8. And again he stooped down, and wrote on the ground.
9. And they which heard it, being convicted by their own conscience, went out one by one, beginning at the eldest, even unto the last: and Jesus was left alone, and the woman standing in the midst.
10. When Jesus had lifted up himself, and saw none but the woman, he said unto her, Woman, where are those thine accusers? hath no man condemned thee?
11. She said, No man, Lord. And Jesus said unto her, Neither do I condemn thee: go, and sin no more.

The problem with trying to use it to convince others to leave Tiger alone is that doing so misapplies the verse; no one has condemned Tiger to death. No where does Jesus say that the adulteress shouldn't have been exposed as such, only that he without sin should be the one to begin her execution which has never been an issue in Tiger's situation.

Moreover, the passage shows that public exposure was the path to God's mercy and the woman's repentance just as public exposure was the path to Tiger Woods' reluctant but eventual statement of guilt and intended repentance.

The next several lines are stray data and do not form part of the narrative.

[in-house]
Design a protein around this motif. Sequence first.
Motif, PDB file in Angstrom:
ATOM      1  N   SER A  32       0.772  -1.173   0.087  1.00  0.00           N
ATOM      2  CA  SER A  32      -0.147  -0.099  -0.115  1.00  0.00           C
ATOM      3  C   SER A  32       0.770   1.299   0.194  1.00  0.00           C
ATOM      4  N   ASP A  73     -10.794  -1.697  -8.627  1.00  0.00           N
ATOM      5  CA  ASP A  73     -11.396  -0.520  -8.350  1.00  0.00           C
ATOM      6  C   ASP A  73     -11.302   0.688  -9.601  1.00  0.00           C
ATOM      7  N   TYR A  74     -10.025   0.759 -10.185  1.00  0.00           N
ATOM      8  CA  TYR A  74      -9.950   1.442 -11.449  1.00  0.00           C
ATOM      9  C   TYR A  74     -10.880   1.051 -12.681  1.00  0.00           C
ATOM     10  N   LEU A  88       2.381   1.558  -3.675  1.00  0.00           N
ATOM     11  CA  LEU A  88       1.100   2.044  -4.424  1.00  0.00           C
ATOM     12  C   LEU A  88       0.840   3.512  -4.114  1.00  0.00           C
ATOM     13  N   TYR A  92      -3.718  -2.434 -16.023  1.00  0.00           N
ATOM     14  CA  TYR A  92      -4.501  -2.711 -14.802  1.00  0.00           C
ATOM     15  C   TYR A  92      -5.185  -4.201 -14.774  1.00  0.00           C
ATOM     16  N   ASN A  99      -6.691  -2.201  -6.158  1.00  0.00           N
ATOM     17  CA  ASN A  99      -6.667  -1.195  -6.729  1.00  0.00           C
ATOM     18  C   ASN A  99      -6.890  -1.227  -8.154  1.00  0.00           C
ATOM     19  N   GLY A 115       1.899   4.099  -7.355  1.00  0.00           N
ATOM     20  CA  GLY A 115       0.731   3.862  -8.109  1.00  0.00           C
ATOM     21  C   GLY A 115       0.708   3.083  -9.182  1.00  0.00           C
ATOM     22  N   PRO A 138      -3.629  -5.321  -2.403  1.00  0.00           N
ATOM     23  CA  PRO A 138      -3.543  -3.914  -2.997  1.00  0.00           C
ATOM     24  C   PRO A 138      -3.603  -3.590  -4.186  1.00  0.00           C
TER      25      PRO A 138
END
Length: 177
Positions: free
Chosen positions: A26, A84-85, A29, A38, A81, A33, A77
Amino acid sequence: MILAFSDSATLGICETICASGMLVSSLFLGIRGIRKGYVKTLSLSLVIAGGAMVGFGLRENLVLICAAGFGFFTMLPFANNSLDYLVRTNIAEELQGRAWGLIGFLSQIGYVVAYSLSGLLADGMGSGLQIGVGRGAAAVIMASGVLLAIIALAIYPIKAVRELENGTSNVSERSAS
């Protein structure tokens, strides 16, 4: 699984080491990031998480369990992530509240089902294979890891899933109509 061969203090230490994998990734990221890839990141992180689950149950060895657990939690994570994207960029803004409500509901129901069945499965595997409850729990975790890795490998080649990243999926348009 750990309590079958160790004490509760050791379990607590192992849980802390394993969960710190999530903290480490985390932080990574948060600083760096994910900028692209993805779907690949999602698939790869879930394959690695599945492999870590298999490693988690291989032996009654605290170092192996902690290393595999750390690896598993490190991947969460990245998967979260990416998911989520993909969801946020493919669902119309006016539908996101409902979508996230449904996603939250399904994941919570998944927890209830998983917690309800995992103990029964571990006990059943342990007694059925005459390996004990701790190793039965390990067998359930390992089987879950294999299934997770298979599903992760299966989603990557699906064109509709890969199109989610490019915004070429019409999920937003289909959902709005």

The other scripture is, "Or how wilt thou say to thy brother, Let me pull out the mote out of thine eye; and, behold, a beam is in thine own eye?" (Matthew 7:4).

Frankly, I'm appalled that anyone would trivialize breaking the Seventh Commandment (Exodus 20:14) by equating adultery to a mote (speck). What then, considering that the Commandments aren't ranked by magnitude, might be equated to a beam?

In defense, a more appropriate verse is likely, "Judge not, that ye be not judged," from the same passage in Matthew 7: